A Short History of Voice Assistants — from Toy to Tool
No question about it, the modern age of conversational AI started on October 4th, 2011. The official start of Siri, Apple’s revolutionary voice assistant, marked the moment when millions of people all over the world started to use voice as a natural interface to interact with a machine, their iPhones.
Sure, conversational AI was a field of scientific research and technical development decades before with IBM introducing Shoebox in 1961, recognizing 16 words and digits. But now, all at once, the robot could speak — simply and entertainingly.
For most people, at the time their in-vehicle navigation system was the dominant experience they had with voice interfaces. And honestly — for many of us this was not a pleasant experience.
Siri was the hit at every party
Siri instead was fun. Siri was the hit at every party. Questions like “Hey Siri, who is your creator?” (A: As it says on the box, I was created by Apple in California) or “Hey Siri, do you follow the three laws of robotics?” (A: I forget the first three, but there’s a fourth: “A smart machine shall first consider which is more worth its while: To perform the given task, or, instead, to figure some way out of it.”) turned every get together into a burst of loud laughter, not only for tech early adopters.
Siri even became a sitcom star. In the 15th Episode of the 5th season of “The Big Bang Theory” Raj fell in love with Siri.
Soon there were siblings: Google Now, today known as Google Assistant. Microsofts Cortana and Alexa from Amazon, all at home in living rooms around the world thanks to the massive sales push of smart speakers and other connected devices such as the entry-price device Amazon Echo.
Infographic: A short history of the Voice Revolution.
At about the same time another revolution started. Automated voice interfaces supported call-based customer service offerings for years. However, it was a single-sided experience. The feedback channel was a number the user had to press: “Do you have questions about your contract, please press 2”. The reason why Siri and Alexa could become such a success with mass market awareness was the general jump in conversational AI. Especially cloud computing and new AI capacities catapulted the quality of voice assistants beyond poor navigation systems. A natural conversation became somehow possible.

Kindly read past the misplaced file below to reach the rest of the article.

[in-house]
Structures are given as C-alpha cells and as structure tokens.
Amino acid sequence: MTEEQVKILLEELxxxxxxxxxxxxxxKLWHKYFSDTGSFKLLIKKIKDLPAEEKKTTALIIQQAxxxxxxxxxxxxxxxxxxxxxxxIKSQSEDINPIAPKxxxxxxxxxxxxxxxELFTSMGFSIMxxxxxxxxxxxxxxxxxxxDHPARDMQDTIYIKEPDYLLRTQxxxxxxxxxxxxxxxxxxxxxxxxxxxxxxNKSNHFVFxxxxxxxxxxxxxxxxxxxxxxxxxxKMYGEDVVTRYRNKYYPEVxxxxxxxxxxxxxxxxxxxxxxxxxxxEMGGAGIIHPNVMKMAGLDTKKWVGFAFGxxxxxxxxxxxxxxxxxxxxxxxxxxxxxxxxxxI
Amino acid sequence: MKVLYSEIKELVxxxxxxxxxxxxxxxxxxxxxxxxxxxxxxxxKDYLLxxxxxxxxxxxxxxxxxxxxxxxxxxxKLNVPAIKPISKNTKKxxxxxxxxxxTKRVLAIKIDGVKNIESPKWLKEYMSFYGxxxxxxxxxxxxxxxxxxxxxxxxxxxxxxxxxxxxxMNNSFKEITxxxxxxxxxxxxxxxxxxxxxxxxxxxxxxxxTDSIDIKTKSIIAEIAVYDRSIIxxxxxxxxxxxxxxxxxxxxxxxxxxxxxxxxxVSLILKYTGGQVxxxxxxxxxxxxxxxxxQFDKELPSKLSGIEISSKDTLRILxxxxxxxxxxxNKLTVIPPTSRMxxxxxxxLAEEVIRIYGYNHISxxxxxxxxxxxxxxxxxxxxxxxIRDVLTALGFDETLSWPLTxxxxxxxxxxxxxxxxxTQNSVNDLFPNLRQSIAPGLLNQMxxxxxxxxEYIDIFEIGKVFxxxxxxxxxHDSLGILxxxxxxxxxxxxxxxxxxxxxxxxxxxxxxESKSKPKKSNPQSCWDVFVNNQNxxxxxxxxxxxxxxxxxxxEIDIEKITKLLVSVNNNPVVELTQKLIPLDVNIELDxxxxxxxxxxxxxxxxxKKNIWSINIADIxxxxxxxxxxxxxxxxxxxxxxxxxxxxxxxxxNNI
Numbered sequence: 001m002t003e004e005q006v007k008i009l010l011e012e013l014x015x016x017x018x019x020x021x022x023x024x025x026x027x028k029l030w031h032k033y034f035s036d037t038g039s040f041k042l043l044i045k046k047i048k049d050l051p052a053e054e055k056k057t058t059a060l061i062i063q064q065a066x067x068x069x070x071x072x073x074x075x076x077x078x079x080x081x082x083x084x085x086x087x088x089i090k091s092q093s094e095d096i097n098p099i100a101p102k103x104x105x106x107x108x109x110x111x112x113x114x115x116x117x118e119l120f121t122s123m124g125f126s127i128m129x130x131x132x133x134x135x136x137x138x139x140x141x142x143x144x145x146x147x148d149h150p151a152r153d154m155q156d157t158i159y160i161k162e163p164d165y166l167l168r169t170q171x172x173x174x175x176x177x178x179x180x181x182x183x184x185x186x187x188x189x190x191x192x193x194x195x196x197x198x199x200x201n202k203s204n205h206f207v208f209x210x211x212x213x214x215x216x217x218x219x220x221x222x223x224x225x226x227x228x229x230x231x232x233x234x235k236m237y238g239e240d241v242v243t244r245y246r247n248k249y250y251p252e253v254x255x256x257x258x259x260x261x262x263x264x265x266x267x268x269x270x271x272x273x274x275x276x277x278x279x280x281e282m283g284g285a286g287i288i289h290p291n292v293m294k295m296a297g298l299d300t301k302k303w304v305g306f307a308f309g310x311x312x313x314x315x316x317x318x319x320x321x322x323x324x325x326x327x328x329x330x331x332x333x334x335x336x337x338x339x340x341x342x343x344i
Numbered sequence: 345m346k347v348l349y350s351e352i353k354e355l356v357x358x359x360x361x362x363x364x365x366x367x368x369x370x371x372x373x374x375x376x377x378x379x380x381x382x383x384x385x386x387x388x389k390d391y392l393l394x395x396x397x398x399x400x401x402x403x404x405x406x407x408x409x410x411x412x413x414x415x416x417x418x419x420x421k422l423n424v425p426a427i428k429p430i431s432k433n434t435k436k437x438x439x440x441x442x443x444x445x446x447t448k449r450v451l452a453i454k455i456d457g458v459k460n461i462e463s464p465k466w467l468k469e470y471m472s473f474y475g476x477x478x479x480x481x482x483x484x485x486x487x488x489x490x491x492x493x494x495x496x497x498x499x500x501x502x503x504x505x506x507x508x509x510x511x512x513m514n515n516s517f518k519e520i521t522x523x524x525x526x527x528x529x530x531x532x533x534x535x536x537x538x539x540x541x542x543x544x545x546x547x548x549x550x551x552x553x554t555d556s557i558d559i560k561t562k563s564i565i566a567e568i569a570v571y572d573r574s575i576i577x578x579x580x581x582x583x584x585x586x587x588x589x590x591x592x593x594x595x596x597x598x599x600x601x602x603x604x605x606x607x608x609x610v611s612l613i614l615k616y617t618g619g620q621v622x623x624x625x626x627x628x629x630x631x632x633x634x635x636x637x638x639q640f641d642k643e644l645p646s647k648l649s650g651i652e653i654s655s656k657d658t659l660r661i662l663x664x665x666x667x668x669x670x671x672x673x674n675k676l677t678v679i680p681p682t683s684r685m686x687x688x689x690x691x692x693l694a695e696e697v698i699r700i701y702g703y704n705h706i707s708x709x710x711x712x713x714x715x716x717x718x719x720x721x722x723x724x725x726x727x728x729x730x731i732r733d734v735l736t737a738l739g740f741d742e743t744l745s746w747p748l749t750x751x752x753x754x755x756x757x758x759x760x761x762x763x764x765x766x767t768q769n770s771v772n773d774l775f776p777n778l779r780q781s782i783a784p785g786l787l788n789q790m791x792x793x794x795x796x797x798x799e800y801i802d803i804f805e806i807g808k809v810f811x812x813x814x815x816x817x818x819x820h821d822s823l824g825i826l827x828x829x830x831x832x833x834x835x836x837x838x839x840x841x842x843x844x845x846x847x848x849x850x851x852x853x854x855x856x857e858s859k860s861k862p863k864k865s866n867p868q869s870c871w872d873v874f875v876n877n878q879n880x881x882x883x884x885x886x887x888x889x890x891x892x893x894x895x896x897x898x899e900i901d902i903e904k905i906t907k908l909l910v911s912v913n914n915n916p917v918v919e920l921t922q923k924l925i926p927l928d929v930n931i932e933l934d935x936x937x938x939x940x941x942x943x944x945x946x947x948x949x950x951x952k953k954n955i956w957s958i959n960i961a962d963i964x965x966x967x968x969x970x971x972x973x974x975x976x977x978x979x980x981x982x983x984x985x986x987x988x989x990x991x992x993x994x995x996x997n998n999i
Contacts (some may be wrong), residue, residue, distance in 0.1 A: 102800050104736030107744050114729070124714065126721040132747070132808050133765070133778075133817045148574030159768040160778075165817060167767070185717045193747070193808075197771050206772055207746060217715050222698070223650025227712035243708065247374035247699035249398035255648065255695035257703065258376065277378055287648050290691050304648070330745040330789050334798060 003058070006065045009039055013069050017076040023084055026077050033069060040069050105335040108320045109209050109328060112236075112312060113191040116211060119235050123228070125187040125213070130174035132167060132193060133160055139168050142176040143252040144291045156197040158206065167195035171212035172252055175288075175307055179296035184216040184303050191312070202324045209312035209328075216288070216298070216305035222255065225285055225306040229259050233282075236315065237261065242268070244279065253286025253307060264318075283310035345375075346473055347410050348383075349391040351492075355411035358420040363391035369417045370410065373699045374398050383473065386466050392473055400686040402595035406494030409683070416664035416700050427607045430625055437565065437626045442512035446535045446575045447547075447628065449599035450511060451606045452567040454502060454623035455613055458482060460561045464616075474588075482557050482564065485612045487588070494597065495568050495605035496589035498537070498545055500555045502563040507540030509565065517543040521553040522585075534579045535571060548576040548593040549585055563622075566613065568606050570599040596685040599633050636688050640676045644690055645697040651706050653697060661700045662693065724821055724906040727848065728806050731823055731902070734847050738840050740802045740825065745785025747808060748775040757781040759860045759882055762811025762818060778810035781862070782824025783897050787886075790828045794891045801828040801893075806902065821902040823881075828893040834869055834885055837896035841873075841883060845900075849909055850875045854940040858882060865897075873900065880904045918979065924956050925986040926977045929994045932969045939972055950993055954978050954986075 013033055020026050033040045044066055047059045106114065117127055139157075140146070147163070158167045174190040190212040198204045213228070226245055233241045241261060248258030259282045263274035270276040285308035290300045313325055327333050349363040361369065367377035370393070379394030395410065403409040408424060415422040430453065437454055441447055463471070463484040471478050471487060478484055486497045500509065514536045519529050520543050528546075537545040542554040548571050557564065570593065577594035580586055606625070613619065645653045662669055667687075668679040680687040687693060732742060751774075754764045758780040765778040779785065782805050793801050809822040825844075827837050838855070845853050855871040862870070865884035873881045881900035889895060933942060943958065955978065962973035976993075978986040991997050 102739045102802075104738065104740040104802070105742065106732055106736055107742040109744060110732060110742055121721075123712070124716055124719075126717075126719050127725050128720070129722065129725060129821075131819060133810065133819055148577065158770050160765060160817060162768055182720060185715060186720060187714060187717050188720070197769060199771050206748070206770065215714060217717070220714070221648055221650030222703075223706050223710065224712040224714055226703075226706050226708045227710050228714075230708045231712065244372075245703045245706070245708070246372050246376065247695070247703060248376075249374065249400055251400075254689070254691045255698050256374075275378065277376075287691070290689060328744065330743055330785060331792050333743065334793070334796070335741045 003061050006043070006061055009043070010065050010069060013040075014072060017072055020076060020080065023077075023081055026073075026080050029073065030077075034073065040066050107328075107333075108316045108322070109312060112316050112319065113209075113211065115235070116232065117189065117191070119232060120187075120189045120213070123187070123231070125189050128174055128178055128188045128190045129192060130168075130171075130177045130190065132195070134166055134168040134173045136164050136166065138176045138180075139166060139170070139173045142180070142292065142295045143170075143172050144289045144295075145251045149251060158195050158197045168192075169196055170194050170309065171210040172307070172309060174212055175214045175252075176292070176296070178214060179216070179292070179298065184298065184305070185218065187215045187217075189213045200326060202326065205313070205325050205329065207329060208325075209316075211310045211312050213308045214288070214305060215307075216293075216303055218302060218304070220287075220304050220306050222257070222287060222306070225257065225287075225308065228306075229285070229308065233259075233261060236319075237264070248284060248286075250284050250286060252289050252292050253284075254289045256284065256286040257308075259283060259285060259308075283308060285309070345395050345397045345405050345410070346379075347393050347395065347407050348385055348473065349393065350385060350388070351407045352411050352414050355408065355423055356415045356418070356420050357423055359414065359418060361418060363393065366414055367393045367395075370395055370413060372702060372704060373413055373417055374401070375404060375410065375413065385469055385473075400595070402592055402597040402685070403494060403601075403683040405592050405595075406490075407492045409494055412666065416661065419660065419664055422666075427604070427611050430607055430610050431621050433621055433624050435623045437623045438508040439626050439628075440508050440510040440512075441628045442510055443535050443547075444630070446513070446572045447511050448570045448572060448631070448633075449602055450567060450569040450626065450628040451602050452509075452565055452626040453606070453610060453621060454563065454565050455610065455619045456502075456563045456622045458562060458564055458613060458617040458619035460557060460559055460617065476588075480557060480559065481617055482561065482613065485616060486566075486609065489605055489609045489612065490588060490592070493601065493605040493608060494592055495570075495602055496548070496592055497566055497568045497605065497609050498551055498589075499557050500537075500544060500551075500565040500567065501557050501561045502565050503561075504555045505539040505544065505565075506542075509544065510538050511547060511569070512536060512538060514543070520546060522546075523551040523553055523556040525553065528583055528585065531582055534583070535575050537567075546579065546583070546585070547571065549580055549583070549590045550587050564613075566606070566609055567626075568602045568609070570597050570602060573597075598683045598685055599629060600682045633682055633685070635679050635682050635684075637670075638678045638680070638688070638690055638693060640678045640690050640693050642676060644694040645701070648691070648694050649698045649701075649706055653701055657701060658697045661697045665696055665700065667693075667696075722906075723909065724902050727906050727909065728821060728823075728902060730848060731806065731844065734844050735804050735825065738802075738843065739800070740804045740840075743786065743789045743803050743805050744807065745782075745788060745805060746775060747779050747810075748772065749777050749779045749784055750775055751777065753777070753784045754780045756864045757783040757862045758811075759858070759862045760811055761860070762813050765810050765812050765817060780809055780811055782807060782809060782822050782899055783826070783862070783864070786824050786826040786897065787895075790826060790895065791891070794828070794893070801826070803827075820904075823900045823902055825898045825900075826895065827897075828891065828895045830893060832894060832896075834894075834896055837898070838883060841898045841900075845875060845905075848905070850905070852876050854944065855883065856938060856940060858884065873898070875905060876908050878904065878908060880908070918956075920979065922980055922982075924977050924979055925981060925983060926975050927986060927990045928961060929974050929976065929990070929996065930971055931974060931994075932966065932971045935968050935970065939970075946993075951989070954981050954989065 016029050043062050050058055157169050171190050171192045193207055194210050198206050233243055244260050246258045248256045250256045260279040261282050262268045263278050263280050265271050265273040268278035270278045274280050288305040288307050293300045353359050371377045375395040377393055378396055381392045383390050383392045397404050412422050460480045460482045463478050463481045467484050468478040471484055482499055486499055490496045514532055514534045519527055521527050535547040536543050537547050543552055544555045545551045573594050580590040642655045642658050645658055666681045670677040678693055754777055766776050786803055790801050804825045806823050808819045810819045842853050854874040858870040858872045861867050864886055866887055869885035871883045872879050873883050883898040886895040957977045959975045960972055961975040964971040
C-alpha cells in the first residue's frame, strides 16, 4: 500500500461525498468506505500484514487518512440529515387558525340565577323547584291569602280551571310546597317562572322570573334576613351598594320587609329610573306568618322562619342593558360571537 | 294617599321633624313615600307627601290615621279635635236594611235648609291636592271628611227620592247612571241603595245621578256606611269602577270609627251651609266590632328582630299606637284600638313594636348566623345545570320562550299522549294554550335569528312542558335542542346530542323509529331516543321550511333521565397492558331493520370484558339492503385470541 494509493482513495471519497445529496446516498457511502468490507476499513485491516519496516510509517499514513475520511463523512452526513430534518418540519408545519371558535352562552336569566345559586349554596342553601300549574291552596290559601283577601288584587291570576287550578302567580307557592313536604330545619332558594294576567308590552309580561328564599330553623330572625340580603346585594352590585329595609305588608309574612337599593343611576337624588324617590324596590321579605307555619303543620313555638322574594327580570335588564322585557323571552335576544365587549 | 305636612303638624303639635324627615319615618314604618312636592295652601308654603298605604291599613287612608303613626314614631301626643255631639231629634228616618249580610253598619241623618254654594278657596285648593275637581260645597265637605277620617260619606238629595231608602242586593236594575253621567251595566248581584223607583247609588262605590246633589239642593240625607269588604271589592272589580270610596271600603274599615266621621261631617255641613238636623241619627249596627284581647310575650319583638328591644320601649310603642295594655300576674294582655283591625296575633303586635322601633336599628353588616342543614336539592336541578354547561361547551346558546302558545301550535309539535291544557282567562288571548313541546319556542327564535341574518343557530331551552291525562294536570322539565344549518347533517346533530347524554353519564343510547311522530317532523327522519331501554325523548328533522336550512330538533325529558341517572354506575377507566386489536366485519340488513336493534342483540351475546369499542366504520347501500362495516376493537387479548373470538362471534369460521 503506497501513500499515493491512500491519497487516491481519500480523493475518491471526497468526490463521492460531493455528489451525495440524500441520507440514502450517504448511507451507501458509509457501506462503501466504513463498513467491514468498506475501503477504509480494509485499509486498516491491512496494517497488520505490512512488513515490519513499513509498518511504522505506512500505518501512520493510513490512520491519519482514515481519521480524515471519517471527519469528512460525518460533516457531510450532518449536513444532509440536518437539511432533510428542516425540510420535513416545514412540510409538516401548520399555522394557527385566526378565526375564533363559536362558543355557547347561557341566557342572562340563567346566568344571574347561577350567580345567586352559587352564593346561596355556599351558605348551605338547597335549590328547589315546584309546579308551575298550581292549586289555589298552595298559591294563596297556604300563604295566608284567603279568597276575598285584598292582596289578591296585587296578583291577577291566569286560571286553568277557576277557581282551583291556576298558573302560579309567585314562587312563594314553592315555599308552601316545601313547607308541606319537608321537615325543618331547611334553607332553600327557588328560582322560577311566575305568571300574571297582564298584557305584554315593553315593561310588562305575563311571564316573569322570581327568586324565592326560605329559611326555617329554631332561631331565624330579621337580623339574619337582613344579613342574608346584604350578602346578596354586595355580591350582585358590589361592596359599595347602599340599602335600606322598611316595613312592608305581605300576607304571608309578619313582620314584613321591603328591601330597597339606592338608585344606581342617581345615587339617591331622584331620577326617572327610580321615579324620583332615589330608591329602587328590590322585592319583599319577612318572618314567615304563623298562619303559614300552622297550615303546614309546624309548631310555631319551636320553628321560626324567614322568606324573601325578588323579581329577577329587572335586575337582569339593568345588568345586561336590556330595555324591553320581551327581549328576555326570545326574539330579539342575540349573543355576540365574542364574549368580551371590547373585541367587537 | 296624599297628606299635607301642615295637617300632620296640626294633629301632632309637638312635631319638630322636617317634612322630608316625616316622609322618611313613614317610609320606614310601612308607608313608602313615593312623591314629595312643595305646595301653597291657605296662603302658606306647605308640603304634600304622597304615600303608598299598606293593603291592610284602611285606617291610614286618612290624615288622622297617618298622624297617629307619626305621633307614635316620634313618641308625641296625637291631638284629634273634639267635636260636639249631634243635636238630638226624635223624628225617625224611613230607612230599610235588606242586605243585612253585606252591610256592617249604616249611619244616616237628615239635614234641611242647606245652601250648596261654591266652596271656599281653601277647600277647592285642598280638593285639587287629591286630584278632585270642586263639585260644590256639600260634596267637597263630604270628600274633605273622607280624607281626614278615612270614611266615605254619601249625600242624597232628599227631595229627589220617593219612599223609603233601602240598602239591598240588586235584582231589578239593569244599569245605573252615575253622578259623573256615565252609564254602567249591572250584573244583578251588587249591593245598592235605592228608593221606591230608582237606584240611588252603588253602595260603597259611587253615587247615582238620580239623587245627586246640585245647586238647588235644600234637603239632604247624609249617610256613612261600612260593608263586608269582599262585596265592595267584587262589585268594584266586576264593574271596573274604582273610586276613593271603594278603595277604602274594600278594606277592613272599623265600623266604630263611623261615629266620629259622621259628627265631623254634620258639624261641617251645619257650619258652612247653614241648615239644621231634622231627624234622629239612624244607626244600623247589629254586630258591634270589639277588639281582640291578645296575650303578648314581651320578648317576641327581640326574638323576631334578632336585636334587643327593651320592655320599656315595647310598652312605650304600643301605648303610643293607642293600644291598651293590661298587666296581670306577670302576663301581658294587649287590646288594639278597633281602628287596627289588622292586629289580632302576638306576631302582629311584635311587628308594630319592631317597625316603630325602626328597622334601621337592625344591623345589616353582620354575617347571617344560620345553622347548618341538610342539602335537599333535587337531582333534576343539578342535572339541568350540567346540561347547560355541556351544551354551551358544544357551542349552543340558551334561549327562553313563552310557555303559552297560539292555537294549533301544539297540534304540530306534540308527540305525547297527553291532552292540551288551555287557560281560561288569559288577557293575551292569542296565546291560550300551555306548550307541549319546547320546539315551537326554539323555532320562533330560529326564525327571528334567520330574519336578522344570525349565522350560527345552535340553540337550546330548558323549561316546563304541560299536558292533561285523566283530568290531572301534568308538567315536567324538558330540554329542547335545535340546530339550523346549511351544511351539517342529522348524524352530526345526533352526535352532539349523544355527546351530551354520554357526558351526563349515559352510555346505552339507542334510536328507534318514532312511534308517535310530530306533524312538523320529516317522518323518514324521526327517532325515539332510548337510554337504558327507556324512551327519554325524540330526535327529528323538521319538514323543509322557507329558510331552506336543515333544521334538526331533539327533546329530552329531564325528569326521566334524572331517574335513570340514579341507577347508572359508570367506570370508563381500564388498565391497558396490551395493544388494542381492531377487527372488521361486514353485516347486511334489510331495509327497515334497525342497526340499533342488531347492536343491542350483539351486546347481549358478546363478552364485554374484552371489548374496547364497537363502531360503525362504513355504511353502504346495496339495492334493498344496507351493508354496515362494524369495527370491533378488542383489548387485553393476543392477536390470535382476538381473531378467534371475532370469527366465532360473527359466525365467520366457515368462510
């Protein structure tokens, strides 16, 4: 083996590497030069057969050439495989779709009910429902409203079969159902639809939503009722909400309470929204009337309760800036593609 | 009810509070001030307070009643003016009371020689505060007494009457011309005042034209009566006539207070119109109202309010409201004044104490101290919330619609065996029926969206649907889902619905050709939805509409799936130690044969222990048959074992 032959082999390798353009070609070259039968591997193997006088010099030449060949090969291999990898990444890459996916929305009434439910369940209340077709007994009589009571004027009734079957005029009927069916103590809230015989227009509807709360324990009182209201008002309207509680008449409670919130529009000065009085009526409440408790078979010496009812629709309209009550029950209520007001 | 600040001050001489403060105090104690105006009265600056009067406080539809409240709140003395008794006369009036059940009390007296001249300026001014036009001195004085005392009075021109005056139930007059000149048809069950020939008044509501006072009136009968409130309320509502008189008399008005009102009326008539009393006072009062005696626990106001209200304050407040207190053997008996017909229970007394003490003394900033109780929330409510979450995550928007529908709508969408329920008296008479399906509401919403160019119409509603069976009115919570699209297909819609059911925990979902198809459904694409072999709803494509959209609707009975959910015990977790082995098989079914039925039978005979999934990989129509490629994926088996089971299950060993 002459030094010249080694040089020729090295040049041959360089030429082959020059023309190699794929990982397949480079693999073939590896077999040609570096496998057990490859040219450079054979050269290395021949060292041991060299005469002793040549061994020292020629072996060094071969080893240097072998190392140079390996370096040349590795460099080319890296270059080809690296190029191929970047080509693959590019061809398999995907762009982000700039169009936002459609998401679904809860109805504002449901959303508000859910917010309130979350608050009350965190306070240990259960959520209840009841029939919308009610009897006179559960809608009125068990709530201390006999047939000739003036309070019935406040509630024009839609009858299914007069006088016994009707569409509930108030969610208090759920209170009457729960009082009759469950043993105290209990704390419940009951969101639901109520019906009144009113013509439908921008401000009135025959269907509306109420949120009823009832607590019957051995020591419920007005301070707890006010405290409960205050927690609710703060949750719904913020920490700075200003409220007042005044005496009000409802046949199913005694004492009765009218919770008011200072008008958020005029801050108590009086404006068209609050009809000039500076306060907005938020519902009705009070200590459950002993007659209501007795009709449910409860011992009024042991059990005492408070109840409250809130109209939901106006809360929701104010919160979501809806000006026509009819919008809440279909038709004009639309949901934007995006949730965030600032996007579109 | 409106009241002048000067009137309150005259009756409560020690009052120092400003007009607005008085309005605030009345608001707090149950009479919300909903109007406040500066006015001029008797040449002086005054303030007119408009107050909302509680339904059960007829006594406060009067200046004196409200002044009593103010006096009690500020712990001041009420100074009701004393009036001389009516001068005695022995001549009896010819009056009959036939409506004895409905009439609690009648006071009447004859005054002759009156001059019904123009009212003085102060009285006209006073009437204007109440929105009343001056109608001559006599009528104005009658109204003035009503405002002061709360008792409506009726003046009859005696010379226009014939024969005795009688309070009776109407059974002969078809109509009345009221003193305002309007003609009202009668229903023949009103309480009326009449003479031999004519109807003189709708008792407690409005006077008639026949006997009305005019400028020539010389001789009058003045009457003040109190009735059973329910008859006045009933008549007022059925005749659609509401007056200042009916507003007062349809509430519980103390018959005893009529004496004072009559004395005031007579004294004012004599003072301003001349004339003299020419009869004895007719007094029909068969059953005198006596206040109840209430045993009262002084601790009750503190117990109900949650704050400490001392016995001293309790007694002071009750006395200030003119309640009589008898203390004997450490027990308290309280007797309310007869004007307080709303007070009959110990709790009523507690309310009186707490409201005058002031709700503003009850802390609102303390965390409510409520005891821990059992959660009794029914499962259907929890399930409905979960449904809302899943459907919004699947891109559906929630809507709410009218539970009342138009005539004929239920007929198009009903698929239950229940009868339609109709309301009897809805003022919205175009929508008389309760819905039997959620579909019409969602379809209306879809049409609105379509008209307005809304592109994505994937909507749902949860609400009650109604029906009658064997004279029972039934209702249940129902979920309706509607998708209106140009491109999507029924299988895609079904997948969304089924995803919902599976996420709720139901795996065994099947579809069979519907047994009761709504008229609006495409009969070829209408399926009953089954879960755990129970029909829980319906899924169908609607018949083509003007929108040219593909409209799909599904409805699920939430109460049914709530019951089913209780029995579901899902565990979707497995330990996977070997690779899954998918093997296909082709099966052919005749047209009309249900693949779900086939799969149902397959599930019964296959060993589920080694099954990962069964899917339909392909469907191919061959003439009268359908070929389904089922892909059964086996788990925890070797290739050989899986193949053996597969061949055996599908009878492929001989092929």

While voice was the champions league because it’s still so difficult for a computer to understand spoken words and turn this into text, chatbots could also benefit from that development. Their big advantage was that the user is typing text into a mask, which is much easier to read for the machine than to understand the spoken text.
A technical revolution
In fact, there were a number of developments that had happened in parallel — significantly stronger performance in conversational AI, a new excitement of many users for the technology and the reliability of the system delivered against expectations, with which smart and not annoying chatbots were finally developed. A technical revolution took its course. Large companies have been built and all tech giants like IBM, Salesforce, etc. developed their own offerings.
As a matter of fact, this evolution had one very clear vertical use case — customer phone support. No matter if this was for order management or complaint handling — the chatbot is there, always reachable, and if the bot doesn’t have an answer, it can hand it over to an agent or just send an email.